After Mrs. B’s delirium had cleared and the symptoms of her major depressive disorder with psychotic features continued to improve; cognitive and functional assessment revealed only mild deficits in short and long-term memory and instrumental activities of daily living. Mrs B’s ability to bathe, dress, use the toilet and eat meals remained steady at the level of requiring some assistance with planning and organising (motivating?) while able to complete the fine and gross motor tasks (praxis) without physical assistance.
Mrs B. is planning to go home to the hostel (“low care aged care facility”) section of the retirement community where she had previously had an assisted living apartment. Her constipation, dehydration and poor nutrition resolved in hospital. Her cognition improved now scoring 26/30 on the MMSE with mild deficits in short term recall, orientation f4tlate and a couple of minor errors in the language tests. Her hypothyroidism was corrected. Her BP was stable in hospital, so her antihypertensive was ceased (she hadn’t been taking it regularly when she was unwell at home). She responded well to anti-psychotic and anti-depressant medication.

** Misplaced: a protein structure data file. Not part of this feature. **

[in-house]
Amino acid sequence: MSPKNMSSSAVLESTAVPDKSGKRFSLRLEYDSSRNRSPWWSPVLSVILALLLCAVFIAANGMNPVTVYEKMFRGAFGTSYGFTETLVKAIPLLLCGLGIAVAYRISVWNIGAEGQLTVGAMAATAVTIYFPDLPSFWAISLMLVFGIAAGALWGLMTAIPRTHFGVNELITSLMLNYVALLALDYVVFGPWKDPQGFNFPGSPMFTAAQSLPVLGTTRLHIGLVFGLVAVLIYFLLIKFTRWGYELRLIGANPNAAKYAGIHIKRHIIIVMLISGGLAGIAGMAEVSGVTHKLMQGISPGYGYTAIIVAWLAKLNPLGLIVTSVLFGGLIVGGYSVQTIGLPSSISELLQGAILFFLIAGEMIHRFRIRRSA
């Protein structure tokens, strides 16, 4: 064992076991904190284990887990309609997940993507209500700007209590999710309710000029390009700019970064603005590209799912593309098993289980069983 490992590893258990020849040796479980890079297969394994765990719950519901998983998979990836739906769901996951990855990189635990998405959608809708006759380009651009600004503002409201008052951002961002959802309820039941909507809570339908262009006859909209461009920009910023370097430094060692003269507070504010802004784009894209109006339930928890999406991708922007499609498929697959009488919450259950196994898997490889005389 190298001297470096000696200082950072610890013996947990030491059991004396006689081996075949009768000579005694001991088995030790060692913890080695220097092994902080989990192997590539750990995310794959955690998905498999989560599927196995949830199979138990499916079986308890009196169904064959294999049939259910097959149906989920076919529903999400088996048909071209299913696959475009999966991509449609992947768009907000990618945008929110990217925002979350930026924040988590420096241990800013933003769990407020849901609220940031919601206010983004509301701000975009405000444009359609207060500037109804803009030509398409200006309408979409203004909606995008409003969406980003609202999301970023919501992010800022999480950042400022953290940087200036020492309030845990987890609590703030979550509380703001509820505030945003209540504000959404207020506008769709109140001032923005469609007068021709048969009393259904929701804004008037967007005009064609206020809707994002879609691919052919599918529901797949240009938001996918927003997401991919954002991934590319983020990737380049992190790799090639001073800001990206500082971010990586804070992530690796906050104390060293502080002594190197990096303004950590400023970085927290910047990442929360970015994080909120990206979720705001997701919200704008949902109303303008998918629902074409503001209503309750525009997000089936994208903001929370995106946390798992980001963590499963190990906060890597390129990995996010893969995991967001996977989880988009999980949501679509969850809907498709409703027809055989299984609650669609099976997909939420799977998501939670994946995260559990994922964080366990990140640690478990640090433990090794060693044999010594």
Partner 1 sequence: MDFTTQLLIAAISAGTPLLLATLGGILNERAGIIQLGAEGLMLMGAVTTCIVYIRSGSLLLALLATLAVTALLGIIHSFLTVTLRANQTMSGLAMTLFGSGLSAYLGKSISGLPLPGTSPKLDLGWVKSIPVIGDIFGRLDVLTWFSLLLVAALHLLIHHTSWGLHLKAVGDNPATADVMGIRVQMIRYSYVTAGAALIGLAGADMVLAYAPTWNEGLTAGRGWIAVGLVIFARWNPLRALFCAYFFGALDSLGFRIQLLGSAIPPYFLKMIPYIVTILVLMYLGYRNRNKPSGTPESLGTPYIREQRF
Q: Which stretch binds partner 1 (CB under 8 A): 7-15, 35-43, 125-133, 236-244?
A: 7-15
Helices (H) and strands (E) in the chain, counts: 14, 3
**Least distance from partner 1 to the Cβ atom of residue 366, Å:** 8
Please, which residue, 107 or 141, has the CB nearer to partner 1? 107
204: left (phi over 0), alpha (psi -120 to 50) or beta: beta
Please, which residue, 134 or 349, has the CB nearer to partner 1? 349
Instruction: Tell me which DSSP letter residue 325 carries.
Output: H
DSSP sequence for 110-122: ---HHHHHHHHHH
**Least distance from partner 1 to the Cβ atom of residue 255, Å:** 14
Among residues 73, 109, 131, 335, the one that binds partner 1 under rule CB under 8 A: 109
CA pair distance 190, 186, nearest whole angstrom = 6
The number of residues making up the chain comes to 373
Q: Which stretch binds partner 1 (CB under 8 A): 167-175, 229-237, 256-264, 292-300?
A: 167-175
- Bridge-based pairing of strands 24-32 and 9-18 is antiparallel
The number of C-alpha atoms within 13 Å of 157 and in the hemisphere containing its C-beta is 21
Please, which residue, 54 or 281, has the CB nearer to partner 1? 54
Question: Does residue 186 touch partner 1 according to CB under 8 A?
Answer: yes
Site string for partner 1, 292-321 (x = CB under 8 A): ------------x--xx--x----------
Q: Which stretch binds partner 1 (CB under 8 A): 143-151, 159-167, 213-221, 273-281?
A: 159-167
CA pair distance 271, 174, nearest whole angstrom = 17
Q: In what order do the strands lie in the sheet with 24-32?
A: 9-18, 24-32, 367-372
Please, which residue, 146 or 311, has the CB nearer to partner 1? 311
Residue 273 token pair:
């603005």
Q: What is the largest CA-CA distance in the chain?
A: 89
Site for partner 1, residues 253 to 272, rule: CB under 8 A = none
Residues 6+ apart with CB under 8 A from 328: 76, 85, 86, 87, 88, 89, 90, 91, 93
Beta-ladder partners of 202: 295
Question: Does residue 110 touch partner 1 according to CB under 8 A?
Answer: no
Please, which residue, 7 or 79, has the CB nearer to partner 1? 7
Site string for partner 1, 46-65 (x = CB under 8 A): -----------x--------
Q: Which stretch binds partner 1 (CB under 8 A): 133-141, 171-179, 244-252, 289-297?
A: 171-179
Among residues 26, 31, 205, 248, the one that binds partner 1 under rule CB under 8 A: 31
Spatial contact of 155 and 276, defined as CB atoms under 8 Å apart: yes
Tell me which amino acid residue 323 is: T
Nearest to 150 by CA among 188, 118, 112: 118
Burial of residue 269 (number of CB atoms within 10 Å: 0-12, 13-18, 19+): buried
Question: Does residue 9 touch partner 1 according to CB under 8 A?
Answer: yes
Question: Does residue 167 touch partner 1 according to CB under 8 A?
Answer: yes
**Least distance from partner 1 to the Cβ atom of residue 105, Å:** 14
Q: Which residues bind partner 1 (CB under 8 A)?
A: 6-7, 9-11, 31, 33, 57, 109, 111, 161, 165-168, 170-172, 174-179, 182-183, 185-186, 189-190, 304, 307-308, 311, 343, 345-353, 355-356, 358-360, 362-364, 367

Over time Mrs B gradually became more responsive and more engaged with recreational pursuits with some encouragement. She expressed no more thoughts of dying and was perplexed (embarrassed?) when asked about her previous expression of these thoughts. Her appetite and sleep stabilised. Episodes of anxiety were less frequent.
1. What could be done to assist the son emotionally and practically?
2. How might you interact with Mrs B. when she is anxious?
3. What are Mrs B’s mental health relapse indicators?
4. Using the ISBAR format, what information should be communicated to the Aged Care Facility immediately prior to discharge from hospital?
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